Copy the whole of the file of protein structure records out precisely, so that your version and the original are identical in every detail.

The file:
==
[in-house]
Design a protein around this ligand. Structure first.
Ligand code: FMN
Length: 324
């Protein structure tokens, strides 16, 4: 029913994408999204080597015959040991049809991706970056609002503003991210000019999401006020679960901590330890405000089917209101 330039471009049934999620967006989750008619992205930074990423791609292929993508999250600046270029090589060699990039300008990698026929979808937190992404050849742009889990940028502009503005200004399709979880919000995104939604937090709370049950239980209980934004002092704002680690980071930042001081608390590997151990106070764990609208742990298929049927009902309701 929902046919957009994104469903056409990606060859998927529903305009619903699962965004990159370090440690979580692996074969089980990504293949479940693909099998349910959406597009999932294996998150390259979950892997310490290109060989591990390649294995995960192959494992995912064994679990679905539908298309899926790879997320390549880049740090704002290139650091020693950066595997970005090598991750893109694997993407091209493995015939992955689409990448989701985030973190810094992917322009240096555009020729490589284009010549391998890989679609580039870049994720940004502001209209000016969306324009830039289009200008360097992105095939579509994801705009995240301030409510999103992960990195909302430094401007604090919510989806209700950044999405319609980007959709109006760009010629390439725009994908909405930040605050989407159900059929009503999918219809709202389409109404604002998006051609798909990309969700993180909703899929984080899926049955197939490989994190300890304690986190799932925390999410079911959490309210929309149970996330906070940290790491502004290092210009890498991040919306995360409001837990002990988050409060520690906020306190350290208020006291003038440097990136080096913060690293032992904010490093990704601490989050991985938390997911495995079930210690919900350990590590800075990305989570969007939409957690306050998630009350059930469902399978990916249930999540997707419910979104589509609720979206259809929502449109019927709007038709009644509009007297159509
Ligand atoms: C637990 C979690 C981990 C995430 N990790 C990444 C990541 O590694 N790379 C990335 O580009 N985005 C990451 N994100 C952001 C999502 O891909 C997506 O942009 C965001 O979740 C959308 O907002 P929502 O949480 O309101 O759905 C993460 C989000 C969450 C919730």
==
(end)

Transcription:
[in-house]
Design a protein around this ligand. Structure first.
Ligand code: FMN
Length: 324
């Protein structure tokens, strides 16, 4: 029913994408999204080597015959040991049809991706970056609002503003991210000019999401006020679960901590330890405000089917209101 330039471009049934999620967006989750008619992205930074990423791609292929993508999250600046270029090589060699990039300008990698026929979808937190992404050849742009889990940028502009503005200004399709979880919000995104939604937090709370049950239980209980934004002092704002680690980071930042001081608390590997151990106070764990609208742990298929049927009902309701 929902046919957009994104469903056409990606060859998927529903305009619903699962965004990159370090440690979580692996074969089980990504293949479940693909099998349910959406597009999932294996998150390259979950892997310490290109060989591990390649294995995960192959494992995912064994679990679905539908298309899926790879997320390549880049740090704002290139650091020693950066595997970005090598991750893109694997993407091209493995015939992955689409990448989701985030973190810094992917322009240096555009020729490589284009010549391998890989679609580039870049994720940004502001209209000016969306324009830039289009200008360097992105095939579509994801705009995240301030409510999103992960990195909302430094401007604090919510989806209700950044999405319609980007959709109006760009010629390439725009994908909405930040605050989407159900059929009503999918219809709202389409109404604002998006051609798909990309969700993180909703899929984080899926049955197939490989994190300890304690986190799932925390999410079911959490309210929309149970996330906070940290790491502004290092210009890498991040919306995360409001837990002990988050409060520690906020306190350290208020006291003038440097990136080096913060690293032992904010490093990704601490989050991985938390997911495995079930210690919900350990590590800075990305989570969007939409957690306050998630009350059930469902399978990916249930999540997707419910979104589509609720979206259809929502449109019927709007038709009644509009007297159509
Ligand atoms: C637990 C979690 C981990 C995430 N990790 C990444 C990541 O590694 N790379 C990335 O580009 N985005 C990451 N994100 C952001 C999502 O891909 C997506 O942009 C965001 O979740 C959308 O907002 P929502 O949480 O309101 O759905 C993460 C989000 C969450 C919730």